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Ontario Announces Plan to License 50 More Cannabis Stores

Missed out on opening a legal cannabis retail store in Ontario the first time around?

The provincial government officially announced their plans today to license an additional 50 cannabis retail stores in Ontario, including eight on First Nations reserves.

The province hopes these new stores will be open by Oct. 1, 2019, which once again means that stores will be under a time crunch to get built and launch once licensed.

Prospective store owners will need backing from their bank: (i) a commitment to provide a $50,000 standby letter of credit and (ii) a letter of confirmation that you have the financial capacity to obtain $250,000 in cash or cash equivalents, and proof that you are in good standing.

In addition, applicants will need to confirm that they have secured a location and the type of arrangement (lease, rent, or purchase) that will serve as the legal basis of occupation in Oct. 2019.

Licensed producers and their affiliates will not be allowed to apply. While that rule was in place for the first lottery, producers and related companies found their way into the mix by licensing their brand names out to stores in ways that were compliant with the AGCO.

No word yet on whether this type of arrangement will be allowed for the second lottery, but there does not appear to be a rule explicitly prohibiting it.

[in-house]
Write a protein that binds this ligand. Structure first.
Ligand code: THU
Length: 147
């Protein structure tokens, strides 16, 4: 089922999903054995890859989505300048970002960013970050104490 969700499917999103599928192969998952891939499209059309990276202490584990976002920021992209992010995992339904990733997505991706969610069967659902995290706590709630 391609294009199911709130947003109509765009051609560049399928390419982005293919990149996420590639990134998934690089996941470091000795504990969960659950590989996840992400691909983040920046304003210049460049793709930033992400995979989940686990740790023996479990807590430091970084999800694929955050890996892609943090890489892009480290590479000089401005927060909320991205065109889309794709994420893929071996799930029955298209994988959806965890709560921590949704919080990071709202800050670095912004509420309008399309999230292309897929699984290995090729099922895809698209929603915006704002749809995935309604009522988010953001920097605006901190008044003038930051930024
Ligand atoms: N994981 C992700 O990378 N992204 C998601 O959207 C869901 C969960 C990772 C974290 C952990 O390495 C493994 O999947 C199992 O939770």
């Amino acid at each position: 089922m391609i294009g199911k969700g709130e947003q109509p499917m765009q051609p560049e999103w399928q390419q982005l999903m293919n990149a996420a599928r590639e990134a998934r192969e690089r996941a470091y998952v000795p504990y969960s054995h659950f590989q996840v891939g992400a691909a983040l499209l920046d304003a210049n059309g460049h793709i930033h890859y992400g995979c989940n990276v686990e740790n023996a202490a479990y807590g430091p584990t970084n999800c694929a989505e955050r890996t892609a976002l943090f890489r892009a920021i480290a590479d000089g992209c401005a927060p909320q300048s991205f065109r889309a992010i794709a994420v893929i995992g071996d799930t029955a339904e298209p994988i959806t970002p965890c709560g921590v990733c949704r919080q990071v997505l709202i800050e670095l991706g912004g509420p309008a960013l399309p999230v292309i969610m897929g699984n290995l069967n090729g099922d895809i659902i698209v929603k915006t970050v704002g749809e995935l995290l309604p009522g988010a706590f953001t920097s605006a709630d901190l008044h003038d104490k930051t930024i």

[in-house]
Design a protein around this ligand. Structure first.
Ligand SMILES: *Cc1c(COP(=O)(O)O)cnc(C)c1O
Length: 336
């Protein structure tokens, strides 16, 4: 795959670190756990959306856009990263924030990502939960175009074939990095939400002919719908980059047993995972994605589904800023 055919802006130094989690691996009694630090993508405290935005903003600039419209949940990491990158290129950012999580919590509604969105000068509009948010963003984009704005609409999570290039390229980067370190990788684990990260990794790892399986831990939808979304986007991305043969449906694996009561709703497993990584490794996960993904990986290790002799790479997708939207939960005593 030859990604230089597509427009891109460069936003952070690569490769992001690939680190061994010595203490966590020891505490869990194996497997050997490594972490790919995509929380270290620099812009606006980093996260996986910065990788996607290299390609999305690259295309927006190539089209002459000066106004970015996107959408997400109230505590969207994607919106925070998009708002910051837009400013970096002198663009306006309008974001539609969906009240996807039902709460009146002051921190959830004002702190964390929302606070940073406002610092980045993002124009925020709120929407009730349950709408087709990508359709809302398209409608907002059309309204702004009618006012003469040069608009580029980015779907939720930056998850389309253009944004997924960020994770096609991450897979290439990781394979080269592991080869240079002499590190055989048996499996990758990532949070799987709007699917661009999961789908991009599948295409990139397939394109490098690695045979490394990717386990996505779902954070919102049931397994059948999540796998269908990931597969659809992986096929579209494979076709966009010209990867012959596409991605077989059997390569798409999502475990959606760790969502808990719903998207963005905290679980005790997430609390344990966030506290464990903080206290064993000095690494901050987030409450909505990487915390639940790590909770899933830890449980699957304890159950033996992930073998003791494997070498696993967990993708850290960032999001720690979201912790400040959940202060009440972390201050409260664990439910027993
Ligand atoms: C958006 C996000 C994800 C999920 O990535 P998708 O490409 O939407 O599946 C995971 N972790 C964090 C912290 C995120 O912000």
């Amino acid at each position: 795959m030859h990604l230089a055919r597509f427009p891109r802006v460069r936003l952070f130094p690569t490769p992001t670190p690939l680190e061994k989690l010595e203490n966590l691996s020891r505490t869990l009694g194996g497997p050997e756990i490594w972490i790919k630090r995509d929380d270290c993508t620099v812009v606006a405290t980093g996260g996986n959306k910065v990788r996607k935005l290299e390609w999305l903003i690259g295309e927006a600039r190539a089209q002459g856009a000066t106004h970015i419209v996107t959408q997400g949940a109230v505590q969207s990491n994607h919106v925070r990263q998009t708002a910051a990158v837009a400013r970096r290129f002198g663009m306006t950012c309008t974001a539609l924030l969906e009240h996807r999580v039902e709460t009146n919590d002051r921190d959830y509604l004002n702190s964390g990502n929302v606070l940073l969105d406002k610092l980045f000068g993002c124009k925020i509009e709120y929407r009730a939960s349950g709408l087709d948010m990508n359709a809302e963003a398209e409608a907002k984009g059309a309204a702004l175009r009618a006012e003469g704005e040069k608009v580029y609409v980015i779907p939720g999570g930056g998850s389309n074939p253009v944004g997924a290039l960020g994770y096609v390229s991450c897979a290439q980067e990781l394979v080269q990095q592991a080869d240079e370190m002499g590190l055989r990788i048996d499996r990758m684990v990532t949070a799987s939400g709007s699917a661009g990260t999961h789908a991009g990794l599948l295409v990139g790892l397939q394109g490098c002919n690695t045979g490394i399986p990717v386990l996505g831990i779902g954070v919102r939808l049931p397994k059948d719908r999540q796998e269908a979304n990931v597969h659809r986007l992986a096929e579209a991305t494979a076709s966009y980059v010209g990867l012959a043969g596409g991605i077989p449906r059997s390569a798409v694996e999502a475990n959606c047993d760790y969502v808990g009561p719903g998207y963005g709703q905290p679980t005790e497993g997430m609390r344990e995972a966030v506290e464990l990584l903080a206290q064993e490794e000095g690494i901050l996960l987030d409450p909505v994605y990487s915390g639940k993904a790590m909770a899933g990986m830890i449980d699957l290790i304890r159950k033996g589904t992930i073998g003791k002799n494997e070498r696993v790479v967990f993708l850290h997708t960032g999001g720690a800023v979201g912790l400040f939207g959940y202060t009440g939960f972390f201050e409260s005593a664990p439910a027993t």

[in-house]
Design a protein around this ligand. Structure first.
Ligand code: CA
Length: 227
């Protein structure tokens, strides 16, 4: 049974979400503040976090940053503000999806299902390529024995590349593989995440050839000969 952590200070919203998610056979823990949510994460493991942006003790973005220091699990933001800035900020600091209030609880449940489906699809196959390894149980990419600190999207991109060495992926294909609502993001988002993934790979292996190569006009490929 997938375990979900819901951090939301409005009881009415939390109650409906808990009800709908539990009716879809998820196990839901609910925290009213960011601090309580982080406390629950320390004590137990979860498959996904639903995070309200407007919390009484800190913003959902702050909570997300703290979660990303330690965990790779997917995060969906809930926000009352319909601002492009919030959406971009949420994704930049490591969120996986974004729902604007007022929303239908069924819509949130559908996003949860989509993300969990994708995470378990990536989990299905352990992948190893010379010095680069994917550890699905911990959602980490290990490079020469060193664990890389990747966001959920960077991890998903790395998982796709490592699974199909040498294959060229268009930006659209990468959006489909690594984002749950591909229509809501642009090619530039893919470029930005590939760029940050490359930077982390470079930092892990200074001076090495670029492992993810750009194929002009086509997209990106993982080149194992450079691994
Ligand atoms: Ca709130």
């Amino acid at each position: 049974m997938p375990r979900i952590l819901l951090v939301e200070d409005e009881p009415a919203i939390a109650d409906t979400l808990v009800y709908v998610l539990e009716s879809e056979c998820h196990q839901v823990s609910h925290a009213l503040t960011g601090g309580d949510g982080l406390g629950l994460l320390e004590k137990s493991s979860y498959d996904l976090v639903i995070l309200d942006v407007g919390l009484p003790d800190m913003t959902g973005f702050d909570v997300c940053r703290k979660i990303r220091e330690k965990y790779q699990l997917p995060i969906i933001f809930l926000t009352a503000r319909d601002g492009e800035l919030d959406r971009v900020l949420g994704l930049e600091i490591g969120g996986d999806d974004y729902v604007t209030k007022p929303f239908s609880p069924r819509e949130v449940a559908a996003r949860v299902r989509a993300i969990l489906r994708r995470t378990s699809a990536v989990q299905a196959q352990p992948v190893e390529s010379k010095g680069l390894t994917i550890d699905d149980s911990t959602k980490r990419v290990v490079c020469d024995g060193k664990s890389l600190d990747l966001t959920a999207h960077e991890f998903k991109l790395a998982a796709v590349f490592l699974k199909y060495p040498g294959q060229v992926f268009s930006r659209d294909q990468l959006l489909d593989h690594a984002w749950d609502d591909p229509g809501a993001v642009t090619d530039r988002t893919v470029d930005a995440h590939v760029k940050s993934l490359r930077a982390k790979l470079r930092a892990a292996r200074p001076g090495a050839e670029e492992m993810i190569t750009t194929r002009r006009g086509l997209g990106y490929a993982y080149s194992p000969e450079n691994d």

This upcoming lottery has an interesting rule that wasn’t present in the first: applicants must adhere to provincial disability legislation, likely implemented to ensure wheelchair accessibility previously overlooked at certain stores.

Lottery applications will be accepted beginning in late summer 2019, starting at 12:01 a.m. Aug. 7 and ending at 8 p.m. on Aug. 9. The lucky lottery winners will be selected on Aug. 20. Like the first lottery, the fee to enter is only $75.

First Nations communities will also get the chance to have legal cannabis stores on reserves, but won’t be subject to the same rules.

Eight of the 50 licenses will be set aside for First Nations communities, granted using a separate process without the lottery procedure. Instead, First Nations applicants will be awarded licenses on a first come, first served basis. The respective Band Council must ultimately approve the location.

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Harrison Jordan

Harrison Jordan is a graduate of Osgoode Hall Law School in Toronto and enjoys reading and writing about the regulatory affairs of cannabis in Canada and around the world.

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